I think 'unchecked private sector without regulation' is an unintentional straw man argument.  I don't know anyone who favors free markets and free enterprise but opposes a proper role for government to govern.  I recently elaborated on the success for example of the USDA Animal and Plant Health Inspection Service that actually helps the industry it regulates by creating trust in the system.  Certainly the same goes for the regulators that perform safety inspections at nuclear power plants.  Nobody (that I know) wants new drugs without approvals, we just want them faster and better.  YOur examples, SEC and INS are also great examples.  I would add anti-trust regulation that is protective, not political.

As Scott Grannis points out http://scottgrannis.blogspot.com/2009/01/no-relief-from-obamas-speech.html 90% of the budget, over 2 trillion and growing, could best be described as transfer payments, not governing.  Without trying to run every private industry from housing to health to energy to transportation to education, at the FEDERAL level, maybe they could perform their proper roles of governance and protecting the people a little more effectively.
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« Reply #19 on: January 26, 2009, 03:29:31 PM »

***I think 'unchecked private sector without regulation' is an unintentional straw man argument.  I don't know anyone who favors free markets and free enterprise but opposes a proper role for government to govern.***

But here is where we get back into the eternal debate:

What is proper role of government?

The left might say we need to get more money to the overseers (government) and add more people so they "can" have the resources to perform their oversight and enforcement duties.  The right might say that government is too inefficient or inept to do this job.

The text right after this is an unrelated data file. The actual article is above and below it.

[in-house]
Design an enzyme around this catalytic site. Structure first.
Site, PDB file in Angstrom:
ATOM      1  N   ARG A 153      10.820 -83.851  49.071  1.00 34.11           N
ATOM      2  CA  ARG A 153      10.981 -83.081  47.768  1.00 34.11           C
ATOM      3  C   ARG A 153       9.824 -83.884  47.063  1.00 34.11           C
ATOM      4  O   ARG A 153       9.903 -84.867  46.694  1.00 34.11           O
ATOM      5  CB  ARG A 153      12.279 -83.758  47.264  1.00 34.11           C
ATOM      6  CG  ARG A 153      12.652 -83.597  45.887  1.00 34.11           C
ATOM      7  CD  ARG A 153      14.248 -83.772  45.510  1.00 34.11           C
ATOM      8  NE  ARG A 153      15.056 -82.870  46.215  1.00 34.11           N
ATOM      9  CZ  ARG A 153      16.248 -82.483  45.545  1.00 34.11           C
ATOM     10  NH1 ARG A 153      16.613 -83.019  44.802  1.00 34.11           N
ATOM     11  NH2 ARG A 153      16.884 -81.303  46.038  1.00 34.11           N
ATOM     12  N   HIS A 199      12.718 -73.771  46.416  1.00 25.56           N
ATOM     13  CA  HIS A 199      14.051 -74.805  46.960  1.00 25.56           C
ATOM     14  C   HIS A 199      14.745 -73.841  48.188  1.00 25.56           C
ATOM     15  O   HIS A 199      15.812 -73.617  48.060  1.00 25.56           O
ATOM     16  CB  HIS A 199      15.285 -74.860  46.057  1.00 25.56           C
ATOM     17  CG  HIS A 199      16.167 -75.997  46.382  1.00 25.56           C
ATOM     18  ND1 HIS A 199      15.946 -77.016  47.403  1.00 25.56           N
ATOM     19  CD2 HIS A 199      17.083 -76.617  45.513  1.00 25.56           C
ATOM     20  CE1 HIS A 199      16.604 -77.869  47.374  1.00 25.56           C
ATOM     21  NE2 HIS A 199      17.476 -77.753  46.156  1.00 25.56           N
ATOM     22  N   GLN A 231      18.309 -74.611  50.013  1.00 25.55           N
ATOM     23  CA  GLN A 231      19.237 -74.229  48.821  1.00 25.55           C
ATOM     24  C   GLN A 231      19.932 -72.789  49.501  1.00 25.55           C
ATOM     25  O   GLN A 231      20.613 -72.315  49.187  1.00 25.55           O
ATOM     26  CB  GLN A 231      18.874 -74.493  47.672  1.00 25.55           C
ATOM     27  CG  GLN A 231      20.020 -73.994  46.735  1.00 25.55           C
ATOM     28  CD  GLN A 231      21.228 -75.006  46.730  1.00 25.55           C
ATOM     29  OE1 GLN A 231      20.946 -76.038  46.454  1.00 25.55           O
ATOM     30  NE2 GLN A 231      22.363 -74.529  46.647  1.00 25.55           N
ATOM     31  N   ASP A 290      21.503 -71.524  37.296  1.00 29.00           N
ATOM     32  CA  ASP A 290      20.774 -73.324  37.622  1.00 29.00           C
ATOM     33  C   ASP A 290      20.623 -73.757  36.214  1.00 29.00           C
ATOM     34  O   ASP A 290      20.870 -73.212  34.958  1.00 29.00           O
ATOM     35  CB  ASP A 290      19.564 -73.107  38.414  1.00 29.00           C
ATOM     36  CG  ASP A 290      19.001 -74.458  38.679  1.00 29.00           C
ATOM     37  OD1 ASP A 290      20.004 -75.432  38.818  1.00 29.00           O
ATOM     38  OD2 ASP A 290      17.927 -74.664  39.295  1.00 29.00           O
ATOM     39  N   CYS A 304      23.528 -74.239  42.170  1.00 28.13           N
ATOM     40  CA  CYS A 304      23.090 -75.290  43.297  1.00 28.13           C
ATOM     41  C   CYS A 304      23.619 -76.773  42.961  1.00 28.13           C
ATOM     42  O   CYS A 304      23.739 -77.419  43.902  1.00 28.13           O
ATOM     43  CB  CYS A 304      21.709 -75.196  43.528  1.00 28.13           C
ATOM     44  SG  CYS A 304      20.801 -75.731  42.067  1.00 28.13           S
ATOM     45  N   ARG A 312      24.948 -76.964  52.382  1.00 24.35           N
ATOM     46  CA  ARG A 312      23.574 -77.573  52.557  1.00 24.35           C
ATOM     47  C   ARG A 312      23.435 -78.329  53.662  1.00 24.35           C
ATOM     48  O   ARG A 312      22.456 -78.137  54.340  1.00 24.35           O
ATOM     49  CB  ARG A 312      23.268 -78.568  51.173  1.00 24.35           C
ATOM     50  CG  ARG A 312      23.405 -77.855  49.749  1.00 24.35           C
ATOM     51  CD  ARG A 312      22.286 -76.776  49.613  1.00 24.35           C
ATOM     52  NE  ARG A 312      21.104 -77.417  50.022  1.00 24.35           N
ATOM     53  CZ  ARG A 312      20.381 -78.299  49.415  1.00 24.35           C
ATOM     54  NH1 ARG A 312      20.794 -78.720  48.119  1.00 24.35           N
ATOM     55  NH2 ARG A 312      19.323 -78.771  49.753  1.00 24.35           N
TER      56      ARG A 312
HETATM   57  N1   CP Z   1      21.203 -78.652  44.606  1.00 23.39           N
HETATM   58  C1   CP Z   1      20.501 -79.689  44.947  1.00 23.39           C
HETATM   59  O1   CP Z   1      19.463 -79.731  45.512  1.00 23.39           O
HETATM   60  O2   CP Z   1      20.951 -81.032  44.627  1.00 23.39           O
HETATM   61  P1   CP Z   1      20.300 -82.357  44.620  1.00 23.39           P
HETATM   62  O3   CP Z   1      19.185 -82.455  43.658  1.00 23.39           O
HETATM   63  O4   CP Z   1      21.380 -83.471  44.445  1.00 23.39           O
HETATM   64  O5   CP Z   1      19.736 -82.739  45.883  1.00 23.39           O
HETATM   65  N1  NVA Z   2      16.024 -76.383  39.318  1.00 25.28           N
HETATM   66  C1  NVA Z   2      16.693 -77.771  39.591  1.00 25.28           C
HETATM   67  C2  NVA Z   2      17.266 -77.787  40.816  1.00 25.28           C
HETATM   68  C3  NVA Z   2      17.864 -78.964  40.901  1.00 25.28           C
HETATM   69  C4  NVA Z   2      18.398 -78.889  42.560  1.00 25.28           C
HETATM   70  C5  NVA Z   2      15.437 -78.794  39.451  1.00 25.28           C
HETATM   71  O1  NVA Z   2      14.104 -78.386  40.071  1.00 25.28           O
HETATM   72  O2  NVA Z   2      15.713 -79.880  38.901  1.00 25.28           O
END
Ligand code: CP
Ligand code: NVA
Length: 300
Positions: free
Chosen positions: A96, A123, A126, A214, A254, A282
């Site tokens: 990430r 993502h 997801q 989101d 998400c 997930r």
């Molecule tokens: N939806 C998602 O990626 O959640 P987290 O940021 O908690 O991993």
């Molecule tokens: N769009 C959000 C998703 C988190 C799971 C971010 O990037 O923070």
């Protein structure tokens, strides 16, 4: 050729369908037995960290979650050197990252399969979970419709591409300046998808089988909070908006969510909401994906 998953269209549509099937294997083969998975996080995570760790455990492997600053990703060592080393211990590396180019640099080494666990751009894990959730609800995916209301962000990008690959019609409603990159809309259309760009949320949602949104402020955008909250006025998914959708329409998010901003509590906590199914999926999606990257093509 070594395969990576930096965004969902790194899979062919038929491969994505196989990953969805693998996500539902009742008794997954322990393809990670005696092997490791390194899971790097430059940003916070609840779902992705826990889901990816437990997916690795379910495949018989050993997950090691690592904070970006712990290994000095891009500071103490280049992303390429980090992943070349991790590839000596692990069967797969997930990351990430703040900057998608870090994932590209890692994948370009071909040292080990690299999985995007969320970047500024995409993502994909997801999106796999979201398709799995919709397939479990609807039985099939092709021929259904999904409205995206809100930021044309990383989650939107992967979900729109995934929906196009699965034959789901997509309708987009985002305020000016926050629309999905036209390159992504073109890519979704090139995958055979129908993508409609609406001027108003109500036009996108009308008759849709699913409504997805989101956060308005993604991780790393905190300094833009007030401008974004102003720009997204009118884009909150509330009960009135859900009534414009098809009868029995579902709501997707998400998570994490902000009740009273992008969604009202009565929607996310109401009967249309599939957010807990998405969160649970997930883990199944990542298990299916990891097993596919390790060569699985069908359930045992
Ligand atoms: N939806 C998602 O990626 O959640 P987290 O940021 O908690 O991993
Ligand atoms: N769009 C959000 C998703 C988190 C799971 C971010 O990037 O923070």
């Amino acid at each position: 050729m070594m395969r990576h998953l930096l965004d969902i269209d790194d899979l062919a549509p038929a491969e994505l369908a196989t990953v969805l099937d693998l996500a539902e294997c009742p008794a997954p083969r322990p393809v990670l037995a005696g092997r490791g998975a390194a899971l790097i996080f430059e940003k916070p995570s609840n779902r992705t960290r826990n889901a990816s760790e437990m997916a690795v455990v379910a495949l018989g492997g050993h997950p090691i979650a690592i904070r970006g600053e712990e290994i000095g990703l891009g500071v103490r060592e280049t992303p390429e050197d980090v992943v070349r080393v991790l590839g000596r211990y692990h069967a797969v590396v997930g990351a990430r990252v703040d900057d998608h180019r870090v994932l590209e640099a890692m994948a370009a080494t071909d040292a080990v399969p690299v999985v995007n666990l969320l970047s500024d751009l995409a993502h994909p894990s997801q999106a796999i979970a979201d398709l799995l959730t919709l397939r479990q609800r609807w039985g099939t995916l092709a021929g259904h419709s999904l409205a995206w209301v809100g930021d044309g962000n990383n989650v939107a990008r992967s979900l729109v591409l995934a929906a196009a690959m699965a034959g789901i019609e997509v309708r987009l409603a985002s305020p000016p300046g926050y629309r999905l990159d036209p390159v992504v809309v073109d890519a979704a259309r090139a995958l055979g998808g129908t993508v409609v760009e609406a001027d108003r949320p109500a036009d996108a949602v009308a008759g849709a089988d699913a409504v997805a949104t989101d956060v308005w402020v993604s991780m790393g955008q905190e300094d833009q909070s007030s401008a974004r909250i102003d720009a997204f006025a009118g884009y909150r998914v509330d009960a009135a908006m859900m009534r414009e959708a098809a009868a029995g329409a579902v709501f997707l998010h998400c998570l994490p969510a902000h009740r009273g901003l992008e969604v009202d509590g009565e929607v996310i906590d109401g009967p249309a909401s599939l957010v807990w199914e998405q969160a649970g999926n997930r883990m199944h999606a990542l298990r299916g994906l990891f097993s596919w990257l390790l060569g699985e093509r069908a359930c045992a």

It is like our nation keeps debating in circles.  Like our planet goes around and around so does our divided country.

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« Reply #20 on: August 21, 2009, 12:06:39 AM »

http://news.yahoo.com/s/afp/20090820/pl_afp/usattackspoliticsridge

WASHINGTON (AFP) – Former US homeland security chief Tom Ridge charges in a new book that top aides to then-president George W. Bush pressured him to raise the "terror alert" level to sway the November 2004 US election.
Then defense secretary Donald Rumsfeld and attorney general John Ashcroft pushed him to elevate the color-coded threat level, but Ridge refused, according to a summary from his publisher, Thomas Dunne Books.

"After that episode, I knew I had to follow through with my plans to leave the federal government for the private sector," Ridge is quoting as writing in "The Test of Our Times: America Under Siege ... And How We Can Be Safe Again."

Some of Bush's critics had repeatedly questioned whether the administration was using warnings of a possible attack to blunt the political damage from the unpopular Iraq war by shifting the debate to the broader "war on terrorism," which had wide popular appeal.

Ridge, a former governor of Pennsylvania, was the first secretary of the US Department of Homeland Security that the US Congress created in response to the September 11, 2001 terrorist strikes.

He also says that Bush's homeland security adviser at the White House, Fran Townsend, called his department ahead of an August 1, 2004 speech to ask Ridge to include a reference to "defensive measures ... away from home" -- language that he read as being a reference to the Iraq war.
In those remarks, Ridge said he was raising the threat alert level for the financial services sector in New York City, northern New Jersey, and Washington DC, and went on to praise Bush's leadership against extremism.
"The reports that have led to this alert are the result of offensive intelligence and military operations overseas, as well as strong partnerships with our allies around the world, such as Pakistan," said Ridge.
"Such operations and partnerships give us insight into the enemy so we can better target our defensive measures here and away from home," he said at the time.
He later publicly acknowledged that much of the information underpinning the new alert was three years old, stoking Bush critics' charges of political manipulation.
Ridge also details his frustration after the White House rejected his suggestion to establish department of homeland security offices in major cities such as New York, Los Angeles, Chicago, Washington, and -- long before Hurricane Katrina -- New Orleans, according to the summary.
He also says he urged his successor, Michael Chertoff, to reconsider the appointment of Michael Brown as the head of the Federal Emergency Response Agency (FEMA), whose response to the killer storm drew widespread criticism.
Ridge also charges that he was often "blindsided" during daily morning briefings with Bush because the FBI withheld information from him, and says he was never invited to sit in on National Security Council meetings.